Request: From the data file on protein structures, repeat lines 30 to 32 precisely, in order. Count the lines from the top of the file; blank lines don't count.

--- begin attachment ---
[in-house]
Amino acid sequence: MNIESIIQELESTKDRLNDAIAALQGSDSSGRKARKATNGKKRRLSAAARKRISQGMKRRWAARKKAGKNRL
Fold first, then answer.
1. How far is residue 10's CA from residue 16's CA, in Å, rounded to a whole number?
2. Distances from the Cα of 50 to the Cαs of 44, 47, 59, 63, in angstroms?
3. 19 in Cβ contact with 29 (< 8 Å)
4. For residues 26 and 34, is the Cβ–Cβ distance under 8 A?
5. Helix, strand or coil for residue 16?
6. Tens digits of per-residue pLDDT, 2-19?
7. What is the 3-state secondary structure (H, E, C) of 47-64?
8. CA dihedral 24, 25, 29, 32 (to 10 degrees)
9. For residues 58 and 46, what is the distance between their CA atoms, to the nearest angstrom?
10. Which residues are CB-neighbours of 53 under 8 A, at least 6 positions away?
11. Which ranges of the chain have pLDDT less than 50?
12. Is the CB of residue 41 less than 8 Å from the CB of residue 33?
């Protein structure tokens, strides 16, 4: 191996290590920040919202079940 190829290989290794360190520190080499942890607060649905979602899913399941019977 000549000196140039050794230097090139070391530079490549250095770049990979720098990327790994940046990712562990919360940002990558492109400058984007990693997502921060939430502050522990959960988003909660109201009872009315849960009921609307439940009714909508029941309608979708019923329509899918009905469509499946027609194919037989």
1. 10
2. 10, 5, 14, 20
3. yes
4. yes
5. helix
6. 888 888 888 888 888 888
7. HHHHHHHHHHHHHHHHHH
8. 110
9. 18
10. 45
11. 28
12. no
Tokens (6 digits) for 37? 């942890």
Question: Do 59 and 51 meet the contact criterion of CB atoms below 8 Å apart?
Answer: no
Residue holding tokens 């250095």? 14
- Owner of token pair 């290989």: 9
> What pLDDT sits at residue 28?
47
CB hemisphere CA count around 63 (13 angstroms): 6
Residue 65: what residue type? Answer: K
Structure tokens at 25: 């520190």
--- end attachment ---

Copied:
Question: Do 59 and 51 meet the contact criterion of CB atoms below 8 Å apart?
Answer: no
Residue holding tokens 């250095």? 14